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Clin Infect Dis. 2019 Oct 23. pii: ciz910. doi: 10.1093/cid/ciz910. [Epub ahead of print]

Antibiotic Prescribing Variability in a Large Urgent Care Network: A New Target for Outpatient Stewardship.

Author information

1
Office of Patient Experience, Intermountain Healthcare, Salt Lake City, Utah, USA.
2
Intermountain Urgent Care, Intermountain Healthcare, Salt Lake City, Utah, USA.
3
Office of Antibiotic Stewardship, Division of Healthcare Quality Promotion, Centers for Disease Control and Prevention, Atlanta, Georgia, USA.
4
System Pharmacy Services, Intermountain Healthcare, Salt Lake City, Utah, USA.
5
Intermountain Healthcare Delivery Institute, Intermountain Healthcare, Salt Lake City, Utah, USA.
6
Office of Research, Intermountain Healthcare, Salt Lake City, Utah, USA.
7
Department of Internal Medicine, Division of Epidemiology, University of Utah School of Medicine, Salt Lake City, Utah, USA.
8
Department of Pediatrics, Division of Pediatric Inpatient Medicine, University of Utah School of Medicine, Salt Lake City, Utah, USA.
9
Department of Pediatrics, Division of Infectious Diseases, University of Utah School of Medicine, Salt Lake City, Utah, USA.

Abstract

Improving antibiotic prescribing in outpatient settings is a public health priority. In the United States, urgent care (UC) encounters are increasing and have high rates of inappropriate antibiotic prescribing. Our objective was to characterize antibiotic prescribing practices during UC encounters, with a focus on respiratory tract conditions. This was a retrospective cohort study of UC encounters in the Intermountain Healthcare network. Among 1.16 million UC encounters, antibiotics were prescribed during 34% of UC encounters and respiratory conditions accounted for 61% of all antibiotics prescribed. Of respiratory encounters, 50% resulted in antibiotic prescriptions, yet the variability at the level of the provider ranged from 3% to 94%. Similar variability between providers was observed for respiratory conditions where antibiotics were not indicated and in first-line antibiotic selection for sinusitis, otitis media, and pharyngitis. These findings support the importance of developing antibiotic stewardship interventions specifically targeting UC settings. We describe antibiotic prescribing in a large network of urgent care (UC) clinics. The high volume of infectious diseases encounters and extreme provider variability in antibiotic prescribing frequency and quality highlight the importance of antibiotic stewardship interventions specifically targeting UCs.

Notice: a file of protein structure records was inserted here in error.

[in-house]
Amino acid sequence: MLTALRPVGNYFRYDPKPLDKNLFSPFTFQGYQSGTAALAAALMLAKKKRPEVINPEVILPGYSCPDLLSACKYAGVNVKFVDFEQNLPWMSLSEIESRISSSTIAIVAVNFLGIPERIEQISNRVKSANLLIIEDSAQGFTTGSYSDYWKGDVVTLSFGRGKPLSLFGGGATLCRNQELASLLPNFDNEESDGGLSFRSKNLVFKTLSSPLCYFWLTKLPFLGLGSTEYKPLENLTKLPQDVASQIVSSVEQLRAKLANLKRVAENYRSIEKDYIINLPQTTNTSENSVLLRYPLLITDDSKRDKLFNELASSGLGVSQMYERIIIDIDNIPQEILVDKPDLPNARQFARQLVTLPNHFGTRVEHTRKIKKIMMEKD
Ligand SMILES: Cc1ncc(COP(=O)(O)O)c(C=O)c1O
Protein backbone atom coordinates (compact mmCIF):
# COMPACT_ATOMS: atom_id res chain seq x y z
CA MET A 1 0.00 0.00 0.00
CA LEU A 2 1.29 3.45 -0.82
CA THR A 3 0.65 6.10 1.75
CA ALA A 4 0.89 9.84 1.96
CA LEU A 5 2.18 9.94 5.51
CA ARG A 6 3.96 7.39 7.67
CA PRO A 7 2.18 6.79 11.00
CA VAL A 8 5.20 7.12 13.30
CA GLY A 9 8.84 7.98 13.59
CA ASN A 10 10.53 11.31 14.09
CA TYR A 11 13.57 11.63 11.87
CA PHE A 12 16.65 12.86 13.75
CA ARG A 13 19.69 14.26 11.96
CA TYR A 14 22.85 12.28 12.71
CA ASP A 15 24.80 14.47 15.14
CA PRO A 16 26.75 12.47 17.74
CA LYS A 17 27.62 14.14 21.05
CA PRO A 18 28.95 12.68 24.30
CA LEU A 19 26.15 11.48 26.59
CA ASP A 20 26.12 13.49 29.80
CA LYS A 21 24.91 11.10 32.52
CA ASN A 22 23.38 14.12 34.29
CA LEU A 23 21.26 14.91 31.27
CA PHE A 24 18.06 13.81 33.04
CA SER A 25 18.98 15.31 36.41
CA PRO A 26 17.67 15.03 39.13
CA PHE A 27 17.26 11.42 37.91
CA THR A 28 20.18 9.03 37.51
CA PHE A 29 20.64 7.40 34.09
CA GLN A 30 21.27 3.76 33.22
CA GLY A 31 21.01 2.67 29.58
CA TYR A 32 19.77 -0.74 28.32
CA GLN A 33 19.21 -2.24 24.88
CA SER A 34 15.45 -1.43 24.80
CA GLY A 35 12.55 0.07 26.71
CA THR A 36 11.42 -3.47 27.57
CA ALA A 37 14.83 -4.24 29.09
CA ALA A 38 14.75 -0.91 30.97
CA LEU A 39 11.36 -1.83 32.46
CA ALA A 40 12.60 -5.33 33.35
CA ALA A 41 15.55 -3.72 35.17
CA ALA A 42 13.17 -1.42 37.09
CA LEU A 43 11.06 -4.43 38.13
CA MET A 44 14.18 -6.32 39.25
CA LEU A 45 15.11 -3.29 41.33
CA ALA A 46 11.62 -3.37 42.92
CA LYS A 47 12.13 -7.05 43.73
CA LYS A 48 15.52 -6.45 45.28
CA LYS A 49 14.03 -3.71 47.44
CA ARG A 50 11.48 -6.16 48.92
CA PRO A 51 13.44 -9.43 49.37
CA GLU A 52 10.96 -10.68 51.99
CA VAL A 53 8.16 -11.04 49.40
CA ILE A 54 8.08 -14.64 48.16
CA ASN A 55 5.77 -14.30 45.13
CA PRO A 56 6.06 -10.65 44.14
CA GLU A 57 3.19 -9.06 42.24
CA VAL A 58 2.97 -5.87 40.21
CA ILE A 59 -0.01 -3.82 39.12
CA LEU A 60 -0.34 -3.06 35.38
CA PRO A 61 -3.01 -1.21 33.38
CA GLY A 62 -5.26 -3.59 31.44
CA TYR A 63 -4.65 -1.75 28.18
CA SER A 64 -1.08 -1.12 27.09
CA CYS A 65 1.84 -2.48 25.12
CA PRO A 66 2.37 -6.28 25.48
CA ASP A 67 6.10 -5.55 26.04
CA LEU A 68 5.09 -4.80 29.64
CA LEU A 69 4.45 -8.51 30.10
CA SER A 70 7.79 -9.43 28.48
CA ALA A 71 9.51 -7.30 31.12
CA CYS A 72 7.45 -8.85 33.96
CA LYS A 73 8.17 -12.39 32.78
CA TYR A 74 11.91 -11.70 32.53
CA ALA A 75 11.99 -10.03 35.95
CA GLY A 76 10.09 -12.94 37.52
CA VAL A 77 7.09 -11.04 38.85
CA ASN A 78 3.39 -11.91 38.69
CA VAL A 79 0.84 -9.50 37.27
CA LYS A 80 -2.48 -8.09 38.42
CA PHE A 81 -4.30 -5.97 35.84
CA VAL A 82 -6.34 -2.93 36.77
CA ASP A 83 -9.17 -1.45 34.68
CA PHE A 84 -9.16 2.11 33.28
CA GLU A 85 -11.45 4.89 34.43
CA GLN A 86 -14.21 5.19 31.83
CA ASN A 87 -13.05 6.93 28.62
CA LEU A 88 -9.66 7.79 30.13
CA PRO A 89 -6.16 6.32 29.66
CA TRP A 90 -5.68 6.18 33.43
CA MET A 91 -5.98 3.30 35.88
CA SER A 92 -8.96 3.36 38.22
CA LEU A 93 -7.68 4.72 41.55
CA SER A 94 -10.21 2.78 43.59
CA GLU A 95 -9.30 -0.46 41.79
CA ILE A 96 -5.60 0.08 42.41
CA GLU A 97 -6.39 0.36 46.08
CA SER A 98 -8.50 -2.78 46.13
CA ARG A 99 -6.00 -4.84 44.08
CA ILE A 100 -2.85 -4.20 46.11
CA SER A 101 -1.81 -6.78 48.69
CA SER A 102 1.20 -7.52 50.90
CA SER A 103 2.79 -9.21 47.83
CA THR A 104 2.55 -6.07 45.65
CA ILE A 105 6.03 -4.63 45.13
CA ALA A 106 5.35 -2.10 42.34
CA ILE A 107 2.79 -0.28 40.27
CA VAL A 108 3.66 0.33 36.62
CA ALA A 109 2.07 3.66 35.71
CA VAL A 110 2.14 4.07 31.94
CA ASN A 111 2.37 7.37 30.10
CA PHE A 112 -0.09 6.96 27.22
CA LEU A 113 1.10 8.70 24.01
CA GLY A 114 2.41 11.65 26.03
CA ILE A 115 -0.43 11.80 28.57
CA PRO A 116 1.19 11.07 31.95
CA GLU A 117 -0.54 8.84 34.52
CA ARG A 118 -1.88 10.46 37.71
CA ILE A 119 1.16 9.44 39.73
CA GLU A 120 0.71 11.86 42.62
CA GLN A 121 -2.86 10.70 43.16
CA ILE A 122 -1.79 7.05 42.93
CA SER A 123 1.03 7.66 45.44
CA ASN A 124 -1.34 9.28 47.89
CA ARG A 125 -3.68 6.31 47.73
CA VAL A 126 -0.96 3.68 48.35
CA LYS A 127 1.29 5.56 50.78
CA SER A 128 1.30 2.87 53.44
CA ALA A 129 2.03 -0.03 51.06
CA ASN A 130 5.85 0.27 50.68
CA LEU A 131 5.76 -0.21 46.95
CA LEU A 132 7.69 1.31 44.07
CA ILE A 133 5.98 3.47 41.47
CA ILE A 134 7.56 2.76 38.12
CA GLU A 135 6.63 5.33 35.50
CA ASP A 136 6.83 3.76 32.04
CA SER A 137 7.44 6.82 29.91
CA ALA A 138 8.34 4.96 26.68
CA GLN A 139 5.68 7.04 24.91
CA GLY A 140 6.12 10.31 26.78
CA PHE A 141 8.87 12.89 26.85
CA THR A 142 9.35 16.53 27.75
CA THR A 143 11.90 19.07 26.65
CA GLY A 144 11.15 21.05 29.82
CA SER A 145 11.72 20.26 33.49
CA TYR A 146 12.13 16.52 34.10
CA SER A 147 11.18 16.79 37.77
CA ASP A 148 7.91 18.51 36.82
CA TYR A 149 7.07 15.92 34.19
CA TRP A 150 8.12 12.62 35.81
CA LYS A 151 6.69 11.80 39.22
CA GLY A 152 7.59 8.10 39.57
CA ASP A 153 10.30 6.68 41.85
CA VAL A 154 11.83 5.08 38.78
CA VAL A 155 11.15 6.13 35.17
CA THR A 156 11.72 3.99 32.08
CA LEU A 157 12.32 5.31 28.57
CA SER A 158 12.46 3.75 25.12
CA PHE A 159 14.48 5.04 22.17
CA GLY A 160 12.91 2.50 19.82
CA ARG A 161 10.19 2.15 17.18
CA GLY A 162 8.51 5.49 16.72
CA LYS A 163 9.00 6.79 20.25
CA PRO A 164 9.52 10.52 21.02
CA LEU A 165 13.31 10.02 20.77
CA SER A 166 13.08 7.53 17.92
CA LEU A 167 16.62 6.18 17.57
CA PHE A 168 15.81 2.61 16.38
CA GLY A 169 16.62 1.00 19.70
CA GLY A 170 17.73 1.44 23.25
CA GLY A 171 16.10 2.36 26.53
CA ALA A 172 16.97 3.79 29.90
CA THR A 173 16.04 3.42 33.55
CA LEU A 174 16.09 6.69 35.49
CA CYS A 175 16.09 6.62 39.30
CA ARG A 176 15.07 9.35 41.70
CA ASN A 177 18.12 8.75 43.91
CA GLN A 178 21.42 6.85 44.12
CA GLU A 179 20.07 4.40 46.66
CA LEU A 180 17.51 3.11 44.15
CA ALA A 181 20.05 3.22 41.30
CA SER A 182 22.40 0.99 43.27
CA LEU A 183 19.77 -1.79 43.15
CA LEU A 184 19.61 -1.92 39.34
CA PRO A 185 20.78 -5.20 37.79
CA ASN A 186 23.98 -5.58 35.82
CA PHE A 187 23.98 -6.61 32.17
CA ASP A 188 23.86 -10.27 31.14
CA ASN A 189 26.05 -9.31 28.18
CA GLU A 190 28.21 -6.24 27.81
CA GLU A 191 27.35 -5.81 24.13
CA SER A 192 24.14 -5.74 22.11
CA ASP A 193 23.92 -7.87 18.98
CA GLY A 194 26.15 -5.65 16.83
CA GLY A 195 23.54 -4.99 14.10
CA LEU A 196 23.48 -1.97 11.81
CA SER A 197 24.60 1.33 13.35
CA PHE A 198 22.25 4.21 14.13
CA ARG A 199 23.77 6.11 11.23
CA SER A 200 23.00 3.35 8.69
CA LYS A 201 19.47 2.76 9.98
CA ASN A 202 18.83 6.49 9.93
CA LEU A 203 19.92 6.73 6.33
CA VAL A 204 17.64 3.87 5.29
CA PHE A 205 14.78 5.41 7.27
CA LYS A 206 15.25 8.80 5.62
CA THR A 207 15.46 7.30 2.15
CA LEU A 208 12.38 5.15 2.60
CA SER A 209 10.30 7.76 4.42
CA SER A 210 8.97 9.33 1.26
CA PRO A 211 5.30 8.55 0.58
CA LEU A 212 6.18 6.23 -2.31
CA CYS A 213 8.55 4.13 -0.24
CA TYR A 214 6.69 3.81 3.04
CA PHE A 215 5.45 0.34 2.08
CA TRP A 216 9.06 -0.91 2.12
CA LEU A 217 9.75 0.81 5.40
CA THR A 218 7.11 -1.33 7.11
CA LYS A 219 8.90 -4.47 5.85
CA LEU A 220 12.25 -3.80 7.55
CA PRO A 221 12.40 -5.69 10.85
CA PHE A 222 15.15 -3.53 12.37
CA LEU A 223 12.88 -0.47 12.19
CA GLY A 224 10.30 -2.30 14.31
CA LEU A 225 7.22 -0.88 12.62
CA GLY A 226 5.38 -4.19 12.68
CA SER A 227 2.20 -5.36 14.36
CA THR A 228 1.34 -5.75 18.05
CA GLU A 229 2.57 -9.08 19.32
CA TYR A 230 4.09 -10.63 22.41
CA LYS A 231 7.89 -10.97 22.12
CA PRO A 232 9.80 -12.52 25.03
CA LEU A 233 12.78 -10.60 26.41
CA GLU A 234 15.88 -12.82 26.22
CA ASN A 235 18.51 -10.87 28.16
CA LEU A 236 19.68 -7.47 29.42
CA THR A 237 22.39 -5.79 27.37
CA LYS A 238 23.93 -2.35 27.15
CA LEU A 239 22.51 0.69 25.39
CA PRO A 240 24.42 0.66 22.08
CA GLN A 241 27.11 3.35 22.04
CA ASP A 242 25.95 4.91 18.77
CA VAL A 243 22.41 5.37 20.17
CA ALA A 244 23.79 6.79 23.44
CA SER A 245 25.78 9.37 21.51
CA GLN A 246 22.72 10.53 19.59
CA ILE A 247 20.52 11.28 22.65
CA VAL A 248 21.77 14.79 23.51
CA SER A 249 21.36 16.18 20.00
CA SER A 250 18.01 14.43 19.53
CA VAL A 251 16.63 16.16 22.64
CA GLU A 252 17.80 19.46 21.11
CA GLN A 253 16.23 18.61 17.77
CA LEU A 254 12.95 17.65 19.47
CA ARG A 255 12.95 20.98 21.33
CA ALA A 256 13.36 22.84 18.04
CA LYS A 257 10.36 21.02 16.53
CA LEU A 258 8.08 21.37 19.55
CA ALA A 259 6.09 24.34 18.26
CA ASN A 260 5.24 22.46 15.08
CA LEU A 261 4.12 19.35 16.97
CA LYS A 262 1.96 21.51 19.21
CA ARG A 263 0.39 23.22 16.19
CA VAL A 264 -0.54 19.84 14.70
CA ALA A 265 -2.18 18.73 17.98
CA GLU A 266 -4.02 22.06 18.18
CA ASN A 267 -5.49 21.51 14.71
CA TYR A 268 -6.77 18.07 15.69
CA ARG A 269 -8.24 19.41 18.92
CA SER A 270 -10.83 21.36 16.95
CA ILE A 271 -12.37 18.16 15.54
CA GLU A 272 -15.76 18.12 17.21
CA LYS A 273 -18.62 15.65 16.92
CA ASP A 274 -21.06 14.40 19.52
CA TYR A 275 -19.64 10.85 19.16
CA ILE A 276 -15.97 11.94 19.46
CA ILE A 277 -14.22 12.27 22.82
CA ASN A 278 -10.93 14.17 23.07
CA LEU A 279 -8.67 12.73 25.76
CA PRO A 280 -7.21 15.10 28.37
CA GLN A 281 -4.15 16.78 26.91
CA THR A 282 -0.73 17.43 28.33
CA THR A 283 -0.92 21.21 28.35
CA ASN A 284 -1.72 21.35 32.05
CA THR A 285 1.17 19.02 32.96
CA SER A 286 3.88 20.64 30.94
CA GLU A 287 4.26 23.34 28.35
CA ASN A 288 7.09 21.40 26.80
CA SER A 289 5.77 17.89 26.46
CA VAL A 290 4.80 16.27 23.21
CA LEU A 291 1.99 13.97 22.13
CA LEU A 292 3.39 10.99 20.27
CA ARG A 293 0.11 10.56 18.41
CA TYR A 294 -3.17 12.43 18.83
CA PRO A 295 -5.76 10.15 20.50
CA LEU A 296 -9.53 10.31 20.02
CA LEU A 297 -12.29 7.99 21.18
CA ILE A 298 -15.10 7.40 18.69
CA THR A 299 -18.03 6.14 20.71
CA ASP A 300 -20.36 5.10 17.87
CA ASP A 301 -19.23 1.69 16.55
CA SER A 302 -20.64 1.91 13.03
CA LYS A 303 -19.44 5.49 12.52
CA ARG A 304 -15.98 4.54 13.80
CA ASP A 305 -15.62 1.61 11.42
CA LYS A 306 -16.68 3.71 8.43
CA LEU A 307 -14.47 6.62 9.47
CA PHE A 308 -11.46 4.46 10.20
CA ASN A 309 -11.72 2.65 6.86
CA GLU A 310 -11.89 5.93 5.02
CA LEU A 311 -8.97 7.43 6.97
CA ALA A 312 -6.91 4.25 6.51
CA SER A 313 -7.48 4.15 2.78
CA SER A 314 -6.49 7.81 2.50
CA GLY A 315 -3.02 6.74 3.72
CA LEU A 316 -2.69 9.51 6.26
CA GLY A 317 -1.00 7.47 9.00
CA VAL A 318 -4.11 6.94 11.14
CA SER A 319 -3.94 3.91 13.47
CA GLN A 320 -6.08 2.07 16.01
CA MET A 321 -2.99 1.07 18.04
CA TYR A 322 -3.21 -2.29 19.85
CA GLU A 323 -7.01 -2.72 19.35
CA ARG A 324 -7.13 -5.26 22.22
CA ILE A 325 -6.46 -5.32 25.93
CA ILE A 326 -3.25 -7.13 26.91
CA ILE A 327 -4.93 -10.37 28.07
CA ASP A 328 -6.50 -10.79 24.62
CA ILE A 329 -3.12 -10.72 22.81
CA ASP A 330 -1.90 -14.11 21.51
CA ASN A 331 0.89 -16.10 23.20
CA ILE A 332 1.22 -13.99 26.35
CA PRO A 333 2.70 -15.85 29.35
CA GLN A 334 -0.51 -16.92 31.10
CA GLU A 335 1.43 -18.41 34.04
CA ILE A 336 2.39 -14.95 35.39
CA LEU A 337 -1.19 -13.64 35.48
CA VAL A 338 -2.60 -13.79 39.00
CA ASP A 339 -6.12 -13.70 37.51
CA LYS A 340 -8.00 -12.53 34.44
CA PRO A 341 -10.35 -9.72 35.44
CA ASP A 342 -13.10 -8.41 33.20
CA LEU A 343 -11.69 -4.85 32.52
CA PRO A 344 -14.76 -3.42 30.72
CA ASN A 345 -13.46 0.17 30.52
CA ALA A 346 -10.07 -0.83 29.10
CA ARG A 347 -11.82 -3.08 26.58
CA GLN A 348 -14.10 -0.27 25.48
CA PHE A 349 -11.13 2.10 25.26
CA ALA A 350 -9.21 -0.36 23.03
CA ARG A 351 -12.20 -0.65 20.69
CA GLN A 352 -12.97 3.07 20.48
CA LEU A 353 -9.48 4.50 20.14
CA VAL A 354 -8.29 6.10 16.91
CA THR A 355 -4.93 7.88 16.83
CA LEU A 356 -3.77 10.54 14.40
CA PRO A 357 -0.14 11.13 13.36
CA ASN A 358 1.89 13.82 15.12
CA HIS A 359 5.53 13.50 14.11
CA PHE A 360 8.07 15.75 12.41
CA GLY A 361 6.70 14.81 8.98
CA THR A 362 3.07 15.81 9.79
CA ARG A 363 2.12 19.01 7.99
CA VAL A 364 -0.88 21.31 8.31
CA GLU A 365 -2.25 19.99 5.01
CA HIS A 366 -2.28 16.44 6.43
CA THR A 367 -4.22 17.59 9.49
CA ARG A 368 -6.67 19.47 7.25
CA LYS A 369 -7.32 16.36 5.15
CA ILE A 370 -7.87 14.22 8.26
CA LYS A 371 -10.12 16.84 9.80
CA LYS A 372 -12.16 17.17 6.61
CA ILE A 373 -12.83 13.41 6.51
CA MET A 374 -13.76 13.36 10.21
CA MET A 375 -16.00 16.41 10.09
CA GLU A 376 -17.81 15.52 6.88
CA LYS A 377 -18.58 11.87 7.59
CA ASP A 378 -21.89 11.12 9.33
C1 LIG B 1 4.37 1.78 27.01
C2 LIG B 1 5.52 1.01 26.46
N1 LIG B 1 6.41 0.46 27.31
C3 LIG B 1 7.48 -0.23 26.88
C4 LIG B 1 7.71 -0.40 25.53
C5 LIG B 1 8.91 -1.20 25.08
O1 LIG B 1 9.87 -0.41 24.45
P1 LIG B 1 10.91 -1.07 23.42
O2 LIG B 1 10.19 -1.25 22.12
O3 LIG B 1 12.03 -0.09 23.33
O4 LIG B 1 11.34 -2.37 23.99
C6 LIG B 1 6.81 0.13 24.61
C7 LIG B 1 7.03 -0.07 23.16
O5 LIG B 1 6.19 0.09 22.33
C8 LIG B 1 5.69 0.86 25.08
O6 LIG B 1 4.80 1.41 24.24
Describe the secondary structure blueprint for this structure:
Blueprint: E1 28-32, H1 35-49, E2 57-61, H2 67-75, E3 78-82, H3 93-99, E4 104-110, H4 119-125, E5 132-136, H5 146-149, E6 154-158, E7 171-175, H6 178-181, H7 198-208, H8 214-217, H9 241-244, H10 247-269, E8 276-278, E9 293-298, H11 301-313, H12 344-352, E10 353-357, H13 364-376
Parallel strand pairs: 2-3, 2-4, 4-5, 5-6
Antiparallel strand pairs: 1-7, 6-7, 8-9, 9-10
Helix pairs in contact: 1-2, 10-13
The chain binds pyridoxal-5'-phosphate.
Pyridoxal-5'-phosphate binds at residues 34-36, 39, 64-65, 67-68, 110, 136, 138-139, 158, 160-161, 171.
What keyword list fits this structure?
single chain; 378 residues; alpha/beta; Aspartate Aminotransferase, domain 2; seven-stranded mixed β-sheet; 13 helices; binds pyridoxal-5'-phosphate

KEYWORDS:

antibiotic stewardship; pediatric urgent care; telemedicine; urgent care

PMID:
31641768
DOI:
10.1093/cid/ciz910

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